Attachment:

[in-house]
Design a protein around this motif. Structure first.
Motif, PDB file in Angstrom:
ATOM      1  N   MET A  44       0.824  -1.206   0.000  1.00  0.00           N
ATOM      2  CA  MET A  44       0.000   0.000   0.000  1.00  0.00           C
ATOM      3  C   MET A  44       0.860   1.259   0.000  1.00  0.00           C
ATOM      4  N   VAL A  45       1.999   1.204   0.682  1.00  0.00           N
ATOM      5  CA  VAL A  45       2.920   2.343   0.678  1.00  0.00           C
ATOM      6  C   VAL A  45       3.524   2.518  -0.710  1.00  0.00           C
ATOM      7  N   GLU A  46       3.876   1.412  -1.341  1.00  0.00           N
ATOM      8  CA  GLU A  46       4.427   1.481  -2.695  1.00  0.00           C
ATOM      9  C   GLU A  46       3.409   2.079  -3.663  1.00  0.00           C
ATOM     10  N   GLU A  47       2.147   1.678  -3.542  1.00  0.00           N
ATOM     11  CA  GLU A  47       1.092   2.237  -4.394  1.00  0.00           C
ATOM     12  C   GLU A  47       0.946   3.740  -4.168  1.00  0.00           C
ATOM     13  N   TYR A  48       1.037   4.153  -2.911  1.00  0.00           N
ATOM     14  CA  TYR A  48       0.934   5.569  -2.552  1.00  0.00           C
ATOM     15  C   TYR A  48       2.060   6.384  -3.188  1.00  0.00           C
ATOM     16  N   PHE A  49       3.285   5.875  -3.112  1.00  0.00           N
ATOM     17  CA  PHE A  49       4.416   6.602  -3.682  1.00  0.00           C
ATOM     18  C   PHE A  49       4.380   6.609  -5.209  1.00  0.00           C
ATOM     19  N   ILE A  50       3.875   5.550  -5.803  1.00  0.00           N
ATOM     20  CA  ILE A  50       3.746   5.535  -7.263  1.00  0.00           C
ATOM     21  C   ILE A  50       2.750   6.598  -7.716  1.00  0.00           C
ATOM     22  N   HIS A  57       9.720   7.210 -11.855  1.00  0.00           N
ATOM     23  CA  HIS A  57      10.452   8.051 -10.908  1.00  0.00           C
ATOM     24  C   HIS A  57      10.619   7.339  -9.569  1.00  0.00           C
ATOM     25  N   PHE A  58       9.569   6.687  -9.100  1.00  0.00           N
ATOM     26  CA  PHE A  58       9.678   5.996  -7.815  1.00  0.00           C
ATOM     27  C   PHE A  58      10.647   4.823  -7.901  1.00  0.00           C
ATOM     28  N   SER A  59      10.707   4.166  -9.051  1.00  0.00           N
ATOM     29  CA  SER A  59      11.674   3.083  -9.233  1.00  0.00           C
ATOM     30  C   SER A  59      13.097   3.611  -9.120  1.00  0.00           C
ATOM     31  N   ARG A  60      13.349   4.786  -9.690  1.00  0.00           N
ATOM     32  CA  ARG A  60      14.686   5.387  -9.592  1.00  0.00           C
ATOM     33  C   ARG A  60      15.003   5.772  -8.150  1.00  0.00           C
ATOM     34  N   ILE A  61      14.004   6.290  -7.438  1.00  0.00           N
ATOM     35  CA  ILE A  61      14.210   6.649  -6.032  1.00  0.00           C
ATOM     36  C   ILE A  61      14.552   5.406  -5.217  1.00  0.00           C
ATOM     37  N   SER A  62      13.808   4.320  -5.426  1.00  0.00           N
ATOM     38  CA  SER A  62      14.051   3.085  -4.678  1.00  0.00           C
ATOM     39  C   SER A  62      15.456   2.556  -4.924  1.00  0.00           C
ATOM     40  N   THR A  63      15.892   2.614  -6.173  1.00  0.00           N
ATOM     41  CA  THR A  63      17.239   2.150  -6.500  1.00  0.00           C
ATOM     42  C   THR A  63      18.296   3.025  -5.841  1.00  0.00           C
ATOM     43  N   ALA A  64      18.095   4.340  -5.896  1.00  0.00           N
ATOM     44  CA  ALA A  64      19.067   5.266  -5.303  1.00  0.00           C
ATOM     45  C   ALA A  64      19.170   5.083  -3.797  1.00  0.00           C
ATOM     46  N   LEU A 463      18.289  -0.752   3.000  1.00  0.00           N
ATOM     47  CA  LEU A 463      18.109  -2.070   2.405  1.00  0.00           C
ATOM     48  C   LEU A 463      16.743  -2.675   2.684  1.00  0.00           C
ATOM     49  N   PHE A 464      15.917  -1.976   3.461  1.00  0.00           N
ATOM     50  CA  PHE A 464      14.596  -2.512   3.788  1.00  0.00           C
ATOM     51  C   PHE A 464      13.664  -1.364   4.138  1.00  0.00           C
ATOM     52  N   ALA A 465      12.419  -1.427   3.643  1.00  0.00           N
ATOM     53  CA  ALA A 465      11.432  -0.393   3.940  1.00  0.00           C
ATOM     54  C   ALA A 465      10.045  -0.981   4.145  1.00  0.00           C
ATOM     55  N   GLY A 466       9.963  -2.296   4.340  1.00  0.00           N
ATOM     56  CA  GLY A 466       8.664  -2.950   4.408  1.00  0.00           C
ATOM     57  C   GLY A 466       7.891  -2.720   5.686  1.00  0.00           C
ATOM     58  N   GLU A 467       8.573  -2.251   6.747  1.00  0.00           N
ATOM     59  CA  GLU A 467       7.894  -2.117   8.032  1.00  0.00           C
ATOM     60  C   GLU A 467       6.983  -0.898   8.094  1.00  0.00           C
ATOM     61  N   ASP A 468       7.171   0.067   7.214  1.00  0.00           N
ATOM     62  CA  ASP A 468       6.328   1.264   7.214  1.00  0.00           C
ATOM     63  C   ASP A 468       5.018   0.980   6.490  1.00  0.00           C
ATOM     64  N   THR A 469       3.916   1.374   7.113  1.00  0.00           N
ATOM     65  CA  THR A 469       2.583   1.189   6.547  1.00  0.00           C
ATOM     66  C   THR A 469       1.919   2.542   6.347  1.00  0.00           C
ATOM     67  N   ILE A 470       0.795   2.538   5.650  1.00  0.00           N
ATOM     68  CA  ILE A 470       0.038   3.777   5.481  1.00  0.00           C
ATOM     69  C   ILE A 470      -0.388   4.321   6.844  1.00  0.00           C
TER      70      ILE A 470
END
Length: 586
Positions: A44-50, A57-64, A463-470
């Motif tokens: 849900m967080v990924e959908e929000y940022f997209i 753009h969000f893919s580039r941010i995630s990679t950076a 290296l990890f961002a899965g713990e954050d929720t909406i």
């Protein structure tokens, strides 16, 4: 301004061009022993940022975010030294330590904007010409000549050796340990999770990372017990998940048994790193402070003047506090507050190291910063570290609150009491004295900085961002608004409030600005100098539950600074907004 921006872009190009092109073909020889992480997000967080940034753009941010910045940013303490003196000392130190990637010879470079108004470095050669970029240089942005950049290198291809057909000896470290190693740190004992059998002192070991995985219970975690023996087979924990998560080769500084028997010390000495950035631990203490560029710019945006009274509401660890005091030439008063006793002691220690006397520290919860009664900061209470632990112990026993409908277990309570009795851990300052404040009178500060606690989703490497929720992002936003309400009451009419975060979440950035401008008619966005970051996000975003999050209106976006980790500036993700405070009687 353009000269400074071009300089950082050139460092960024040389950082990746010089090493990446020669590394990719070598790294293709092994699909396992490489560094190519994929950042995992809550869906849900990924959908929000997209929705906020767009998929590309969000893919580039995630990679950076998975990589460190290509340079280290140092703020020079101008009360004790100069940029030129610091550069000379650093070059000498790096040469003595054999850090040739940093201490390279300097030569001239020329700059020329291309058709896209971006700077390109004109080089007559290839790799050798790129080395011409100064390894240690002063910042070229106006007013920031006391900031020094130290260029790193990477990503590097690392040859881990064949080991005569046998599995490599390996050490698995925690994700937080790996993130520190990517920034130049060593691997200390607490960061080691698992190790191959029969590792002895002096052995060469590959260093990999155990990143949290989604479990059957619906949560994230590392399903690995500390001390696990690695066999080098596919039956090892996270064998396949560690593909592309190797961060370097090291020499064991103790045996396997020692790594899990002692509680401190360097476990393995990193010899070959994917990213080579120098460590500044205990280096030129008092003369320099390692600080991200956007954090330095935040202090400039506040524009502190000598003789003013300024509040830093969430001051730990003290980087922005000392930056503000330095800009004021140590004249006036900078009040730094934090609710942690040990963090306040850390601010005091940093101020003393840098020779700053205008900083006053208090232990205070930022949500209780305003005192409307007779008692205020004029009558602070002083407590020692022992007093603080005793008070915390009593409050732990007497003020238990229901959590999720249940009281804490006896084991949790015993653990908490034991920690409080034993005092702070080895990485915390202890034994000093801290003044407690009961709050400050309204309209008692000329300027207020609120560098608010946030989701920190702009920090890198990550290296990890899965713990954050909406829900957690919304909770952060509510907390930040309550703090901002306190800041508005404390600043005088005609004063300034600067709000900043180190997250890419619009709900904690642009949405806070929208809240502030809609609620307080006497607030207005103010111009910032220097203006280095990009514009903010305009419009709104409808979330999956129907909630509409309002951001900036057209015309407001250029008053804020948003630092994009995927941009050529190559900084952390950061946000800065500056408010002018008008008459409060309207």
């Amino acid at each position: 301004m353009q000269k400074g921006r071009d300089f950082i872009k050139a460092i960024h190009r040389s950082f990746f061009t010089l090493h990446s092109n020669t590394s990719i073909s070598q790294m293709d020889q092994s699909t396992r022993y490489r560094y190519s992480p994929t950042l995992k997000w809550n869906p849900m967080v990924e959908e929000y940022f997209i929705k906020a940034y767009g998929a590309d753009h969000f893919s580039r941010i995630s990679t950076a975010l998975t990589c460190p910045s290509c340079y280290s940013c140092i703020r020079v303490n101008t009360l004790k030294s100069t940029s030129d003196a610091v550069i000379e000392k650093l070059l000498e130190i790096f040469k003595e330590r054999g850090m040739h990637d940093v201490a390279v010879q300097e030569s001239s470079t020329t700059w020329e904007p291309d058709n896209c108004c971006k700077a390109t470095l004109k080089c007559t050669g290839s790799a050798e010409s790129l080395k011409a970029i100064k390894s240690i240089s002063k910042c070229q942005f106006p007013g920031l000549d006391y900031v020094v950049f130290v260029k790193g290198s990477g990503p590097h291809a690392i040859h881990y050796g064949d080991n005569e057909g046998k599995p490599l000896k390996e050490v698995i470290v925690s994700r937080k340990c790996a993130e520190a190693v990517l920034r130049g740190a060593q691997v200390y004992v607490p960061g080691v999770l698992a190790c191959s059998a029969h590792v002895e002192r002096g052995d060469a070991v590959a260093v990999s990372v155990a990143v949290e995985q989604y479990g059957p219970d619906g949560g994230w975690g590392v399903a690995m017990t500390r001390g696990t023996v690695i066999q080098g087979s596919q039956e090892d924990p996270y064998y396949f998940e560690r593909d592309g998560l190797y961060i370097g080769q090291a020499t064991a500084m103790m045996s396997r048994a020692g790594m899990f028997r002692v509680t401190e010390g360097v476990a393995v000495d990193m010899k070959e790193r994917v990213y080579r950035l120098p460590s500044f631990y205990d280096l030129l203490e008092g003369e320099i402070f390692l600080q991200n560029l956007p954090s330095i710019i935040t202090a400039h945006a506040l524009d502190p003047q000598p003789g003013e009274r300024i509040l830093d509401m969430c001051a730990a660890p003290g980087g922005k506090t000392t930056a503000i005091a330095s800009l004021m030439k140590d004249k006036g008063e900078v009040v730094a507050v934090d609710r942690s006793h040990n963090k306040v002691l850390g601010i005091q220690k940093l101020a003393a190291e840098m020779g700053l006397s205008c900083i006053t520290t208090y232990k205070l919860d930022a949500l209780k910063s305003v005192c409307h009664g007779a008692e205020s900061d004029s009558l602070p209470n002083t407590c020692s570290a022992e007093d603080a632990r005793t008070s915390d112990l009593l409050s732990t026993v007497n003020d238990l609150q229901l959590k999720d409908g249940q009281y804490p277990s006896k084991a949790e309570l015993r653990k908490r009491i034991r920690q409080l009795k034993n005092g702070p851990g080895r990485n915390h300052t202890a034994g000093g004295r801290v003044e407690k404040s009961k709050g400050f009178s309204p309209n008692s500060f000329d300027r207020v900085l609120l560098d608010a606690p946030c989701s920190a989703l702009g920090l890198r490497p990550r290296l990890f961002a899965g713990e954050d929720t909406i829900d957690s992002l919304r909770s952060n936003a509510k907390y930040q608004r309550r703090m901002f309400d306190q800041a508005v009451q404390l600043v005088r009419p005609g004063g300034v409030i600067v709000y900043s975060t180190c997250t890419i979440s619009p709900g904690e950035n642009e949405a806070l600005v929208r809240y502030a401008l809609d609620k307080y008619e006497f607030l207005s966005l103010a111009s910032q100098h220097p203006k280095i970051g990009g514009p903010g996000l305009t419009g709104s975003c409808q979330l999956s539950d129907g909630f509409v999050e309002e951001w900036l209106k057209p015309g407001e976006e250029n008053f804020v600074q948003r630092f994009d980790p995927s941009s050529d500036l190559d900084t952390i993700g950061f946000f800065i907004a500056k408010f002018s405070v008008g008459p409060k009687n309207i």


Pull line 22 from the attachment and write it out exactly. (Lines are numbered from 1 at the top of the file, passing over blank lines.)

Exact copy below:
ATOM     19  N   ILE A  50       3.875   5.550  -5.803  1.00  0.00           N